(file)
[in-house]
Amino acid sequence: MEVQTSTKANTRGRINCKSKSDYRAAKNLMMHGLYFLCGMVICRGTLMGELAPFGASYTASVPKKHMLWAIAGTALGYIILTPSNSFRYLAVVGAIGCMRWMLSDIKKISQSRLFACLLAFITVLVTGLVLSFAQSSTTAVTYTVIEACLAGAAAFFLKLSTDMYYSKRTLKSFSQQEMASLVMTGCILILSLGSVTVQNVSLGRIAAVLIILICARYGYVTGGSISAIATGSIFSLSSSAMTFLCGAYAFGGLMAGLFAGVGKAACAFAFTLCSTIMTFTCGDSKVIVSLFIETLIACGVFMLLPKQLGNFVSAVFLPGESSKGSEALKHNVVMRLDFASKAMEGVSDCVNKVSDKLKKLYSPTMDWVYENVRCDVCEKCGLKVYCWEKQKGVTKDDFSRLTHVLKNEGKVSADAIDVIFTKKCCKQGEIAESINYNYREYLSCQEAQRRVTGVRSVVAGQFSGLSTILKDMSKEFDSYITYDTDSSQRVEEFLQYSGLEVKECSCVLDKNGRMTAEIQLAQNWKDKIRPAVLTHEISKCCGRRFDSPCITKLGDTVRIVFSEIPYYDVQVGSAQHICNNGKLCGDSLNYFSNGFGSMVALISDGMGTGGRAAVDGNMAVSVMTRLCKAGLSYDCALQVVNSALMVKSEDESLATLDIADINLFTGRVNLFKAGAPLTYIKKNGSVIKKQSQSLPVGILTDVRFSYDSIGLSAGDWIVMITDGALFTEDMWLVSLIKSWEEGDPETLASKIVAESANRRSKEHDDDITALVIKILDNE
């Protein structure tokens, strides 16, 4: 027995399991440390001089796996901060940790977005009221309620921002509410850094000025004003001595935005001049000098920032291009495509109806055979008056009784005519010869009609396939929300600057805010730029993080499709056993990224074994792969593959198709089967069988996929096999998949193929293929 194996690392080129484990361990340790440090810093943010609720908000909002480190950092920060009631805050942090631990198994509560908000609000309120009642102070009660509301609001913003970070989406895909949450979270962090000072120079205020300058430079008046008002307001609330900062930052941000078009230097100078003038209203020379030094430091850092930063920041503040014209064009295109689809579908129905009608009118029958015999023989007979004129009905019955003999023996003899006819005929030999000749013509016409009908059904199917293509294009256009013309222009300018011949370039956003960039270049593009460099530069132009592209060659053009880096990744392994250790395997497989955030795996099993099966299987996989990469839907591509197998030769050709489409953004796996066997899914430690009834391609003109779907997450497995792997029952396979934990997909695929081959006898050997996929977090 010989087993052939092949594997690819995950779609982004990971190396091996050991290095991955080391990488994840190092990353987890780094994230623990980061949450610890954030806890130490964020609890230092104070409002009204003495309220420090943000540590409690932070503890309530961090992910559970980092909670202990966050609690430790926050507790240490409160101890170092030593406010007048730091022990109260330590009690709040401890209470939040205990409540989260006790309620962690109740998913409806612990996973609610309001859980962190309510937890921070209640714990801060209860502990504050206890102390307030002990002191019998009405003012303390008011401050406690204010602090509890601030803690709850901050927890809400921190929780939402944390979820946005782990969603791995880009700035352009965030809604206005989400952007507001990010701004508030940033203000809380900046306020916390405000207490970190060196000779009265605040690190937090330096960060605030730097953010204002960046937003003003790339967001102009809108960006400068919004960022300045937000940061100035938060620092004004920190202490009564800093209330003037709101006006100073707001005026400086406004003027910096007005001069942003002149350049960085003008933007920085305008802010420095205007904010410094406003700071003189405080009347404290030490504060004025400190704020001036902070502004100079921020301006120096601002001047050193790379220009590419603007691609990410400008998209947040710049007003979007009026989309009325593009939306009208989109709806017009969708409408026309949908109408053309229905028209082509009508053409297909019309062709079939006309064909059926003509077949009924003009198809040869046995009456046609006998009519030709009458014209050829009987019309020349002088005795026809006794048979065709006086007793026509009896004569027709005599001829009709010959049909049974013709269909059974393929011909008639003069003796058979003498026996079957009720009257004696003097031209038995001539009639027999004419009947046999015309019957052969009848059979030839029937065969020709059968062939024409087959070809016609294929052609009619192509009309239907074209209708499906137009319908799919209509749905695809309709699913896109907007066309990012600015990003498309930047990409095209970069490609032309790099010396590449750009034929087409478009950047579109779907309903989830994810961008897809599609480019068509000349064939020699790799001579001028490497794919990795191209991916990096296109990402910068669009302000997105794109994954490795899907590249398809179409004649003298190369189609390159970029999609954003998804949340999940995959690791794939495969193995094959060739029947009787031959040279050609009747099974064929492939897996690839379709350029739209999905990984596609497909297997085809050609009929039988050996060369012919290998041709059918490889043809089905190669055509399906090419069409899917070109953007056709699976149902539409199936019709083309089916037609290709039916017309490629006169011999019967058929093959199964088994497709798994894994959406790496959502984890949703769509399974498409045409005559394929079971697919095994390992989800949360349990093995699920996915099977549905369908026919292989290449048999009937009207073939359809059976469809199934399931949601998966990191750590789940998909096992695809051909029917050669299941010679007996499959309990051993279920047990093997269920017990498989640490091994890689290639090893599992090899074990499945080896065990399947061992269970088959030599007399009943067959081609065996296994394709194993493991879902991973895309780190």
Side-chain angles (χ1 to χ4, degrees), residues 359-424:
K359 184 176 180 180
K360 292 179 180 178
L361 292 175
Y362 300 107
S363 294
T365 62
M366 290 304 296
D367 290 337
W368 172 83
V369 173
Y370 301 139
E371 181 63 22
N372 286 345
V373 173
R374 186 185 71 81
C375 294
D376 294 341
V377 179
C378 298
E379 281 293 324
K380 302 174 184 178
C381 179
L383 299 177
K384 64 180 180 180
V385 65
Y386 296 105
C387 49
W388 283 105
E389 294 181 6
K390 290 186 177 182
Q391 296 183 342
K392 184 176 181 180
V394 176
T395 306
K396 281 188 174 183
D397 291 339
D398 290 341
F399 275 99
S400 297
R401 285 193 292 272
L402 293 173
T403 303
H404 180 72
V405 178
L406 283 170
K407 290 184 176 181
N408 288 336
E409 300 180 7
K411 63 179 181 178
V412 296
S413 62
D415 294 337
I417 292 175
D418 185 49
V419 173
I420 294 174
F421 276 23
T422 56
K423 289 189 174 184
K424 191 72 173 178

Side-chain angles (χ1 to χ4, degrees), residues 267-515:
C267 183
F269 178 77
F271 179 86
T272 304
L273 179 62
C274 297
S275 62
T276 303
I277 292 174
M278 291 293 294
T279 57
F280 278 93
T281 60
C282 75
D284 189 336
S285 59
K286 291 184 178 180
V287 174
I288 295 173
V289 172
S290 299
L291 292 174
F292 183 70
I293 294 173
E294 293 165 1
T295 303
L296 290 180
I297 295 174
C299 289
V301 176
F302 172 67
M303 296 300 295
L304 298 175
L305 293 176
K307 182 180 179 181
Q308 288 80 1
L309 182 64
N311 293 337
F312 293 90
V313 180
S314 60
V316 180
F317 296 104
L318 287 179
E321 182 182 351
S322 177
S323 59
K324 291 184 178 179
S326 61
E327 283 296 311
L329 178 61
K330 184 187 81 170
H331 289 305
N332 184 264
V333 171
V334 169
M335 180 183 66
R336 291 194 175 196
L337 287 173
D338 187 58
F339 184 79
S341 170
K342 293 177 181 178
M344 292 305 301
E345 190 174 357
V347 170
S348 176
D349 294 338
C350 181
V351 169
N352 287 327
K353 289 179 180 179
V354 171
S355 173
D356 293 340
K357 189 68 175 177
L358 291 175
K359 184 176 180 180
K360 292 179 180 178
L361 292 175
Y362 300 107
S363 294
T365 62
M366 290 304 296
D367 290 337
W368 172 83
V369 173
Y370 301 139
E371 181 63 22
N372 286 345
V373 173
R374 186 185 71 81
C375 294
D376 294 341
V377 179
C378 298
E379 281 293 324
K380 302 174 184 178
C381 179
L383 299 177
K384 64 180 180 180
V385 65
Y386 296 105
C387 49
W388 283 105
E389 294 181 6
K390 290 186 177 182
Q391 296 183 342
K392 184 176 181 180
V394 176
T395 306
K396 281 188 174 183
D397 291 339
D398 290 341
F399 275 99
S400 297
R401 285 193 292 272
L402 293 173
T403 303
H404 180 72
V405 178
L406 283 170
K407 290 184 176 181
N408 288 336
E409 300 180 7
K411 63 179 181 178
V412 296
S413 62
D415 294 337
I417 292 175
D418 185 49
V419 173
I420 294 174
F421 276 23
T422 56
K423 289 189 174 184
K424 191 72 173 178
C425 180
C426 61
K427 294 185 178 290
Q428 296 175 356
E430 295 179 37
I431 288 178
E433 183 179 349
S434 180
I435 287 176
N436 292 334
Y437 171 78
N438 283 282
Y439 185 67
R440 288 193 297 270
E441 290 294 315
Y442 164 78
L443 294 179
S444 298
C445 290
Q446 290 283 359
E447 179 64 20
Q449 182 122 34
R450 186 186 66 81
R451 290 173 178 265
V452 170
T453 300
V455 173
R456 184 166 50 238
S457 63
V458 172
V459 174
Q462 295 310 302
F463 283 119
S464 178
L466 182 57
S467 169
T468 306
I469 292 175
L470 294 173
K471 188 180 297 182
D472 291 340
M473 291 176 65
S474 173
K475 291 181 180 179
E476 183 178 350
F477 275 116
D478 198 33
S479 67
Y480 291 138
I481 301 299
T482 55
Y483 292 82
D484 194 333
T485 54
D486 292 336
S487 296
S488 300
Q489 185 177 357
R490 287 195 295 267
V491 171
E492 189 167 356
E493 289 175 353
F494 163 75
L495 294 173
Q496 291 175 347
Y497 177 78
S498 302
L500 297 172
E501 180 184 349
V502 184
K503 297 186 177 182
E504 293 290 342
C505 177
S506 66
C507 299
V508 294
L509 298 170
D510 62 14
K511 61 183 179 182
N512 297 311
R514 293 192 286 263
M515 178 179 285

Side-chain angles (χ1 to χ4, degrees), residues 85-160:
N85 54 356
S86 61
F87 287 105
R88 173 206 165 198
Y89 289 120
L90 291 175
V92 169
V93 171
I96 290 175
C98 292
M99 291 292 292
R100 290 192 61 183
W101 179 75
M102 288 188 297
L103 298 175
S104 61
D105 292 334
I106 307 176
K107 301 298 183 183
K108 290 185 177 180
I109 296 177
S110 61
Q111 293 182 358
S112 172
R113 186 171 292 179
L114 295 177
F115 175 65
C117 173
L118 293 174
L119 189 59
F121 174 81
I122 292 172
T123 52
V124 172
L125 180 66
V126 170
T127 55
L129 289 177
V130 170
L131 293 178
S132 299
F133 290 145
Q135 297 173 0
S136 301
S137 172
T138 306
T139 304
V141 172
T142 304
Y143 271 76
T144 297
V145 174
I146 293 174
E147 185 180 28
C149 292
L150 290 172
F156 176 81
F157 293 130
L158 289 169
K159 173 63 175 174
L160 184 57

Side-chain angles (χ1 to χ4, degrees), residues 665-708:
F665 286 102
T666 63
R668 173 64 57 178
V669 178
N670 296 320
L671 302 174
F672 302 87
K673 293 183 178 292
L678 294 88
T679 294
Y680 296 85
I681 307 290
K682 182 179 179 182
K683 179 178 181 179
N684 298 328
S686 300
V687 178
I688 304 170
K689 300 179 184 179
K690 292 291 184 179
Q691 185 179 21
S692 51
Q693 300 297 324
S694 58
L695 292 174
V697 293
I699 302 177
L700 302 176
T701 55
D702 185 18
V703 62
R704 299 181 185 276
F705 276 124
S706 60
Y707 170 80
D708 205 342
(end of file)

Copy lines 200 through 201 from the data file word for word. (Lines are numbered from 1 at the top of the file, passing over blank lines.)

T422 56
K423 289 189 174 184